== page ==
Dead Space 2 mixes up long stretches of explorations and frantic combat with some epic set piece moments including a rather stressful train ride and an eerily peaceful spacewalk outside the Sprawl just to name a couple. Isaac will even get to revisit some very specific locations from his own haunted past, but I dare not say more lest I ruin a major surprise. There are some explosive decompression moments and a few excursions into Zero G and Zero Atmophere environments. Isaacs' new jet boots make navigating these areas much more enjoyable.
As with any survival horror game presentation is key, and Visceral has perfected the menu interface, and HUD-less game design that debuted in the first game. Once you are immersed in the game you stay there. Menus, inventory screens, objectives, and communication logs all appear as floating screens projected from Isaacs’ suit. You can even walk around with these screen activated. Health and Stasis levels are indicated by meters on your Rig, and your ammo count is displayed right on the weapon. The biggest improvement is the removal of those complex 3D maps from the first game. Now, you have a multi-function, color-coded waypoint path indicator that will point you to the nearest save point, store, workbench, or mission objective.
Technically speaking, the visuals are breathtaking with expert use of sinister lighting and shadows to really set the mood. Animation is fantastic for all the various Necromorph creatures although Isaac seems a bit stiff in his movement. I blame the heavy suit and the gravity boots. The weapons look great and there is plenty of blood. The levels are designed to mirror what a real-world space station might actually look like before and after a demonic alien invasion. There are all sorts of hidden details that will take multiple trips through the game to appreciate.
The audio is equally as flawless with a score that will send shivers down your spine. The Dolby Digital mix is put to expert use to create a 3D soundscape that not only immerses you in the world, but also helps you locate potential hazards. The audio perfectly accents the visuals to create a terrifying world that will have you on the edge of your seat.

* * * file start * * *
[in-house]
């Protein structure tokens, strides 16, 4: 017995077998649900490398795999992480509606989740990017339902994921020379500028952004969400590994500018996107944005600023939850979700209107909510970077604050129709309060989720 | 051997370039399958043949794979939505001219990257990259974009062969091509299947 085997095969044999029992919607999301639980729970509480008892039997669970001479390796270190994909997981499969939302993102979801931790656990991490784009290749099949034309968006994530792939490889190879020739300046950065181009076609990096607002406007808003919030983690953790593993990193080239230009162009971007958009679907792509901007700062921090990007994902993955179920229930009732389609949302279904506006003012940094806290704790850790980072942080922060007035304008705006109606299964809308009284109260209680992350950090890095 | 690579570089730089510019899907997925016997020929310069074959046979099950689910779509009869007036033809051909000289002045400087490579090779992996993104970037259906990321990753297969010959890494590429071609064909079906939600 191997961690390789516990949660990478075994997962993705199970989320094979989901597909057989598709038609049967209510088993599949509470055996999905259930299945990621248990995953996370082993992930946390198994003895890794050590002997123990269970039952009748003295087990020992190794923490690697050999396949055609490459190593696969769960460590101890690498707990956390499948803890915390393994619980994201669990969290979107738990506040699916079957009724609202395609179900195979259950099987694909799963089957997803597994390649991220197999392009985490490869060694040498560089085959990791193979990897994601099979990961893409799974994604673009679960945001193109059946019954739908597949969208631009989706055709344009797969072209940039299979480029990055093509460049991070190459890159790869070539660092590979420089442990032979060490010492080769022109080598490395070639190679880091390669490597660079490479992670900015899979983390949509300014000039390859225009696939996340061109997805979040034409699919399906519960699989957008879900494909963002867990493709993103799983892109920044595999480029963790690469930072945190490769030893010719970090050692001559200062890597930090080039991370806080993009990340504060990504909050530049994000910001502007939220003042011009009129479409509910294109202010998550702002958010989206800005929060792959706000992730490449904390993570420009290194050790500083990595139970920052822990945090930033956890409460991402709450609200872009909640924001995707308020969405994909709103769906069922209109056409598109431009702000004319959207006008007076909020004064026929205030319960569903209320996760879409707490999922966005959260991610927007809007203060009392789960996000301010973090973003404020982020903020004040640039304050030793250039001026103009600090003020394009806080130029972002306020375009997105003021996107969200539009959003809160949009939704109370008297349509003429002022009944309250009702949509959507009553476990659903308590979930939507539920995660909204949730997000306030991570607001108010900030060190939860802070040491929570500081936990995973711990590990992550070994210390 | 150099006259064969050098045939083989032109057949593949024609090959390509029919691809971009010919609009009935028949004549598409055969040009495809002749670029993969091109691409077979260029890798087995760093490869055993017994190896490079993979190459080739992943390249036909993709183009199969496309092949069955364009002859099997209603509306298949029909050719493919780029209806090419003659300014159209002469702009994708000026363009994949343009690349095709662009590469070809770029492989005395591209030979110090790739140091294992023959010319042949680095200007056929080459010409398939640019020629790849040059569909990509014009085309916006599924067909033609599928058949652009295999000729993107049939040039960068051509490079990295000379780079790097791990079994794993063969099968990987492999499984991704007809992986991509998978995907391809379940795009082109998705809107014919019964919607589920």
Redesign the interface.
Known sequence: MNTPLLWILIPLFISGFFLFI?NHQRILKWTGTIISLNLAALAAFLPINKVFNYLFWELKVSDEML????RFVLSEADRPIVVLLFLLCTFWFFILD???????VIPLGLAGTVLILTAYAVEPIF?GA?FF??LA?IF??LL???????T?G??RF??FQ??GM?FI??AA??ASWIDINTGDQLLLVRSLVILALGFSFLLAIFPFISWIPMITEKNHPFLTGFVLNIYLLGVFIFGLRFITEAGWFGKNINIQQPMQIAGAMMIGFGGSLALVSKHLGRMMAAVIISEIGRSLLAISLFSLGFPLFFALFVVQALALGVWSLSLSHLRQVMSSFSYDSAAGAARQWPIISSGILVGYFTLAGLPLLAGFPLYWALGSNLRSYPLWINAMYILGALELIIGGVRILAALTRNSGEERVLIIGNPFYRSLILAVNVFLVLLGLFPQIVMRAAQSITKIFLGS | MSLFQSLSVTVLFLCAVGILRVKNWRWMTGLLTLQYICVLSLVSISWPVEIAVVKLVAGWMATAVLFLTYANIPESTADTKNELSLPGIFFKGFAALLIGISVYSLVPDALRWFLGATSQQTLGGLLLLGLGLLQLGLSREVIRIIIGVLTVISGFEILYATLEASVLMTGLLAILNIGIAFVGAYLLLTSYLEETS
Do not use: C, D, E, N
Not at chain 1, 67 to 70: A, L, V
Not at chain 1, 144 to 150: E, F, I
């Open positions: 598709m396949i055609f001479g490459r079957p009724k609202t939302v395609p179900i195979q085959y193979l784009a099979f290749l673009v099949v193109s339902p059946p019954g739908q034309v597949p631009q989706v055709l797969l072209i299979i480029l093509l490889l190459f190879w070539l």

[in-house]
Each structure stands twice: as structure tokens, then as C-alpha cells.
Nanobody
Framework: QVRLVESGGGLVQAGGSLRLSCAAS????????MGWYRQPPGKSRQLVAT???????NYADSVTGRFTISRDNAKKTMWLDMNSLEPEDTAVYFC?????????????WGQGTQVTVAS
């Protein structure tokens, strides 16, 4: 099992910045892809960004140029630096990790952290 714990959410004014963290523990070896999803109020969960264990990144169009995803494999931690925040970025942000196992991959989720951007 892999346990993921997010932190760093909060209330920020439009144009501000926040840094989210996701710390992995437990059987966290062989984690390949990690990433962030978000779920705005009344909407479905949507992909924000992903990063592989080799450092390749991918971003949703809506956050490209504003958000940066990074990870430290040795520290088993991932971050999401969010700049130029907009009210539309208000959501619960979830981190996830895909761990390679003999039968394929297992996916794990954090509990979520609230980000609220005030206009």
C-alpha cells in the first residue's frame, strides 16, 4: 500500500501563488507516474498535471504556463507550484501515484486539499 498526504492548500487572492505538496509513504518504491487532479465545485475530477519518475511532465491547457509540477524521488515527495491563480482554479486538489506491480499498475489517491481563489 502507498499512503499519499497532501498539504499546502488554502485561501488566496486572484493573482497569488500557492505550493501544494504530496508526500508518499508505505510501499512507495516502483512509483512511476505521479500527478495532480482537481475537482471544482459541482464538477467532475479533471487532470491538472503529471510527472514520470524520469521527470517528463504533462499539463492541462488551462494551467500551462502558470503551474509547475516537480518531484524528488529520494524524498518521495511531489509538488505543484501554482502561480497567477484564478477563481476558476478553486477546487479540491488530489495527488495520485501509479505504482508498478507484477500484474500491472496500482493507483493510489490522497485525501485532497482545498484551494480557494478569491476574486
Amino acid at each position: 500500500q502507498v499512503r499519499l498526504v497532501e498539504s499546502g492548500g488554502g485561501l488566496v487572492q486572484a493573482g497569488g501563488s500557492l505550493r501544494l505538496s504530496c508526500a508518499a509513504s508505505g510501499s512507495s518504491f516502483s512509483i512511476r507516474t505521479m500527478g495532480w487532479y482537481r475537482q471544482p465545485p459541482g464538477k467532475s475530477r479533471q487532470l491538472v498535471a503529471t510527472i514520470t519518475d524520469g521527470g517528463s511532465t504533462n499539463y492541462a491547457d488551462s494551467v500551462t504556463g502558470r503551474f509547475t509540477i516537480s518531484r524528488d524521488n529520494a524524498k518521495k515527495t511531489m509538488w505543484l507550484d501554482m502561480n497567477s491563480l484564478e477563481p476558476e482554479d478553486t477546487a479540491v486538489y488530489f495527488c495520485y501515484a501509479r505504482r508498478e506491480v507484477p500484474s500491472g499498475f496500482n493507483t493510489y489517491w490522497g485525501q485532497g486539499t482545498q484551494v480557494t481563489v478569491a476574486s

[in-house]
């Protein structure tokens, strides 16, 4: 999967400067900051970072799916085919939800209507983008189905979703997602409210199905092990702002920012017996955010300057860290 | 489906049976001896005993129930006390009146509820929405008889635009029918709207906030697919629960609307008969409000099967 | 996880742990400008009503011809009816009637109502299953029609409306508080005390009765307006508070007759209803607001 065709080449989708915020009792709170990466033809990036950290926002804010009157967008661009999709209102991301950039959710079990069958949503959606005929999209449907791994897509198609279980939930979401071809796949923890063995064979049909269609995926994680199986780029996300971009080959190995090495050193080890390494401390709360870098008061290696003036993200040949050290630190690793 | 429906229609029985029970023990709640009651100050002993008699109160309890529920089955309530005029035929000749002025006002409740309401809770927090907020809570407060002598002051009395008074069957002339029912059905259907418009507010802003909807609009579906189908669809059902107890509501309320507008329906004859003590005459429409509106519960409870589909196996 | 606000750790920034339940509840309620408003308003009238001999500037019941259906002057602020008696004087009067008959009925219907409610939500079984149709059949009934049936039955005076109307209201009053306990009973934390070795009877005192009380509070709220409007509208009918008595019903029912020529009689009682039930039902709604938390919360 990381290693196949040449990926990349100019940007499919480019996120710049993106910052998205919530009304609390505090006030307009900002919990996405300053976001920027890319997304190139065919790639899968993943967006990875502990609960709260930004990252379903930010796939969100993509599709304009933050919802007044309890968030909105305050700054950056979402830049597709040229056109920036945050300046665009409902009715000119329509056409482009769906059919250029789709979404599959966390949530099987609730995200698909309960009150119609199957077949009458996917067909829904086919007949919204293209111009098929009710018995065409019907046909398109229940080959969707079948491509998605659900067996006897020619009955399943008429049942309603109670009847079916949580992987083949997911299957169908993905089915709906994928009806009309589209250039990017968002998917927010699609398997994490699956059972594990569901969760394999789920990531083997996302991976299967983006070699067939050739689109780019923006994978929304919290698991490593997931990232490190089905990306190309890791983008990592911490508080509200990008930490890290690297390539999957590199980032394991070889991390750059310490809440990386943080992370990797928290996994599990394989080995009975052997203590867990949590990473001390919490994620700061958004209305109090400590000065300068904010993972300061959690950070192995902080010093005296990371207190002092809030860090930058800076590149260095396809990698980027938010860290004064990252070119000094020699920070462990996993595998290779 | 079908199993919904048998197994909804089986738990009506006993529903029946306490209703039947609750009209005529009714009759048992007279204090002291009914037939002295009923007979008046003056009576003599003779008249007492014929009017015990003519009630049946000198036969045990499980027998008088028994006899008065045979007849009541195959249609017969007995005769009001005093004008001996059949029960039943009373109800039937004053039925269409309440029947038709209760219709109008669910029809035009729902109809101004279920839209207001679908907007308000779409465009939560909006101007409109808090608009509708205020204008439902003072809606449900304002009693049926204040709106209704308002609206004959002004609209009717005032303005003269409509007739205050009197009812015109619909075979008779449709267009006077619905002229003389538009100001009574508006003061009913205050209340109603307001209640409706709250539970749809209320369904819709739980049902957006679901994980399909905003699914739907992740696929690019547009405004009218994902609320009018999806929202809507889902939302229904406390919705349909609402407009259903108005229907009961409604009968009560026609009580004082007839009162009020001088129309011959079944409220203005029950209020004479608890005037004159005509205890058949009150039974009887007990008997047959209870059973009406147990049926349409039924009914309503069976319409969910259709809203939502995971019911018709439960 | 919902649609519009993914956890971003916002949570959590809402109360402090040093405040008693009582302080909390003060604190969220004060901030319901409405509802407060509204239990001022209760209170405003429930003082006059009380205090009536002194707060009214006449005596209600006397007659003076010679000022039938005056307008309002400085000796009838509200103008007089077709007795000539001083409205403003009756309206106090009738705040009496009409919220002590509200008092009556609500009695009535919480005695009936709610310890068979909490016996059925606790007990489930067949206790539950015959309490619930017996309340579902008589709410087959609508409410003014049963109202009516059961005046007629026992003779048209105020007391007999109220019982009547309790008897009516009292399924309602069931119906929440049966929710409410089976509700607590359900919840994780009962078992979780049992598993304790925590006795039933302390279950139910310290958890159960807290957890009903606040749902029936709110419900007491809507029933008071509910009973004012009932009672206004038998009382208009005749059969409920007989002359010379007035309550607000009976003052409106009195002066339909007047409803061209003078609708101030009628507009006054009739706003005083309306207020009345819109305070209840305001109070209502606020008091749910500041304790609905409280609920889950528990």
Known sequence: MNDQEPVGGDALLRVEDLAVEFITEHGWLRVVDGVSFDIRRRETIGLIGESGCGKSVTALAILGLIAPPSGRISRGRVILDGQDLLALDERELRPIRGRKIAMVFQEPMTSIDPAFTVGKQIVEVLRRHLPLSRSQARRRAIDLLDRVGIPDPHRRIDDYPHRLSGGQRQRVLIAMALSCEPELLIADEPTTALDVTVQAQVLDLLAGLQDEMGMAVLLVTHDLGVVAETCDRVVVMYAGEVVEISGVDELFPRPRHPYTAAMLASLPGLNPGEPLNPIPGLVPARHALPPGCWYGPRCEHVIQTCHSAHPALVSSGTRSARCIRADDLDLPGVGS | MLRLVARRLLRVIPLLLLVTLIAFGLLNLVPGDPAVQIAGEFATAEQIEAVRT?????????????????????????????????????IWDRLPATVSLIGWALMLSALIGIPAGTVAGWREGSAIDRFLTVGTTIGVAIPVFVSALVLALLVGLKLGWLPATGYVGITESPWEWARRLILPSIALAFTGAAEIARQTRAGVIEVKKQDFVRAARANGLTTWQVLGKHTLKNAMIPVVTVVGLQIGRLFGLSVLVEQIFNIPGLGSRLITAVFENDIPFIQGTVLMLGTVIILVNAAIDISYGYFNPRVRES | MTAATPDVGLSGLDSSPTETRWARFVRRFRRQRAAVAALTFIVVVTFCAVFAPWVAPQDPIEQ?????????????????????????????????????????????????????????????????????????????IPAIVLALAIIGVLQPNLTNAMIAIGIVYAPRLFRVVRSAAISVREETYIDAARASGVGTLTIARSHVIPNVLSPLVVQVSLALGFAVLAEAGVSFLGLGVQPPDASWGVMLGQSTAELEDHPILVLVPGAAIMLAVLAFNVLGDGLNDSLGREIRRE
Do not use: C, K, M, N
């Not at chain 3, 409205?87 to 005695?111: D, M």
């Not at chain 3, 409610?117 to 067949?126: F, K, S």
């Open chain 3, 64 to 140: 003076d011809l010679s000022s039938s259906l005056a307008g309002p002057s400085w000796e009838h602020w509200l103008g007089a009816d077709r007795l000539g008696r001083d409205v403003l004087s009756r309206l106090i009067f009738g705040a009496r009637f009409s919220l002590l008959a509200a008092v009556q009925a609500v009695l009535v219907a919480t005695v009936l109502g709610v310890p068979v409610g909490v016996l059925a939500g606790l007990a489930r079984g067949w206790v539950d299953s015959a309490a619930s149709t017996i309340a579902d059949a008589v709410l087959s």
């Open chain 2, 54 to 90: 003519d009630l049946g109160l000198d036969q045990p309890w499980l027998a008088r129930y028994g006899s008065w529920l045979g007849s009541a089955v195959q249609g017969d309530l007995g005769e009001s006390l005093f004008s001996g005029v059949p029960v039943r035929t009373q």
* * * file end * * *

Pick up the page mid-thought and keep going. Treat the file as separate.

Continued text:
Dead Space 2 attempts to enter the world of multiplayer. While this works for some games, I hate it when developers feel obligated to force multiplayer into a franchise where it simply doesn’t work. Most of the people who play Dead Space are looking for a solitary, scary, experience or at best, a co-op adventure. Regardless, Visceral has tossed in five assorted multiplayer maps and modes that have up to four humans facing off against four Necromorphs. You get to select various character options for either team then equip with any previously acquired perks. As humans your goal is to reach your objectives while the Necromorphs try to stop you. Then you flip teams to experience the action from the opposite perspective. There is a ranking and reward system in place so you can progressively upgrade your characters, but I just don’t see this having the staying power as HALO or Call of Duty.
Even if you never touch the multiplayer modes in Dead Space 2 the game packs in enough scares and adventure in its story mode to make this an early contender for Game of the Year. The game is so shocking and fun you’ll be compelled to restart a new game almost immediately after the credits fade away. And with so many tactics and weapons, no two games will ever play out the same way.
Dead Space 2 has set the bar impossibly high for future survival horror games, and I look forward to seeing if F.E.A.R 3 or any other game can come close to achieving this level of horrific perfection. But until then, I’ll be dismembering Necromorphs on the Sprawl in new and creative ways, and perhaps trying out that multiplayer. There is something oddly appealing about actually playing as one of those evil creatures…